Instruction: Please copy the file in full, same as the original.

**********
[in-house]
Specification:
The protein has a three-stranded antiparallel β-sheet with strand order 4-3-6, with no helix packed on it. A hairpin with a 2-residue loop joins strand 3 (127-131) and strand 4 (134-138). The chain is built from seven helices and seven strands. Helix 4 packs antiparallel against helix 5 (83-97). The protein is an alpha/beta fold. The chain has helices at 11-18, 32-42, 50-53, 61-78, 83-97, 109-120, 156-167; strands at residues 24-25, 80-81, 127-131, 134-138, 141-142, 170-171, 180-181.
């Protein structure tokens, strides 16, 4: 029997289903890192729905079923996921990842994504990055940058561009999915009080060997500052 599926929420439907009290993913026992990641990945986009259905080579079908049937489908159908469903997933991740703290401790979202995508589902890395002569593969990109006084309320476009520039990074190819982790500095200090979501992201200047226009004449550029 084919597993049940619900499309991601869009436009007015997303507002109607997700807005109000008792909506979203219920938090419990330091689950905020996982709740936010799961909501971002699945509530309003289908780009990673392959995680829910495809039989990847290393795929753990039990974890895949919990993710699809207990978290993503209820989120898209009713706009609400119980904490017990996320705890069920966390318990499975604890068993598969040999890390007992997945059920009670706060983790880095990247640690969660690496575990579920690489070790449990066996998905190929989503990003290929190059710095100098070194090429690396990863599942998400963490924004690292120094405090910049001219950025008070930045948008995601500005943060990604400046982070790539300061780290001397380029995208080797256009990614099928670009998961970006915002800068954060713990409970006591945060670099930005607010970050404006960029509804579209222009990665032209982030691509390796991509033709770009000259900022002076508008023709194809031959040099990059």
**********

[in-house]
Specification:
The protein has a three-stranded antiparallel β-sheet with strand order 4-3-6, with no helix packed on it. A hairpin with a 2-residue loop joins strand 3 (127-131) and strand 4 (134-138). The chain is built from seven helices and seven strands. Helix 4 packs antiparallel against helix 5 (83-97). The protein is an alpha/beta fold. The chain has helices at 11-18, 32-42, 50-53, 61-78, 83-97, 109-120, 156-167; strands at residues 24-25, 80-81, 127-131, 134-138, 141-142, 170-171, 180-181.
């Protein structure tokens, strides 16, 4: 029997289903890192729905079923996921990842994504990055940058561009999915009080060997500052 599926929420439907009290993913026992990641990945986009259905080579079908049937489908159908469903997933991740703290401790979202995508589902890395002569593969990109006084309320476009520039990074190819982790500095200090979501992201200047226009004449550029 084919597993049940619900499309991601869009436009007015997303507002109607997700807005109000008792909506979203219920938090419990330091689950905020996982709740936010799961909501971002699945509530309003289908780009990673392959995680829910495809039989990847290393795929753990039990974890895949919990993710699809207990978290993503209820989120898209009713706009609400119980904490017990996320705890069920966390318990499975604890068993598969040999890390007992997945059920009670706060983790880095990247640690969660690496575990579920690489070790449990066996998905190929989503990003290929190059710095100098070194090429690396990863599942998400963490924004690292120094405090910049001219950025008070930045948008995601500005943060990604400046982070790539300061780290001397380029995208080797256009990614099928670009998961970006915002800068954060713990409970006591945060670099930005607010970050404006960029509804579209222009990665032209982030691509390796991509033709770009000259900022002076508008023709194809031959040099990059």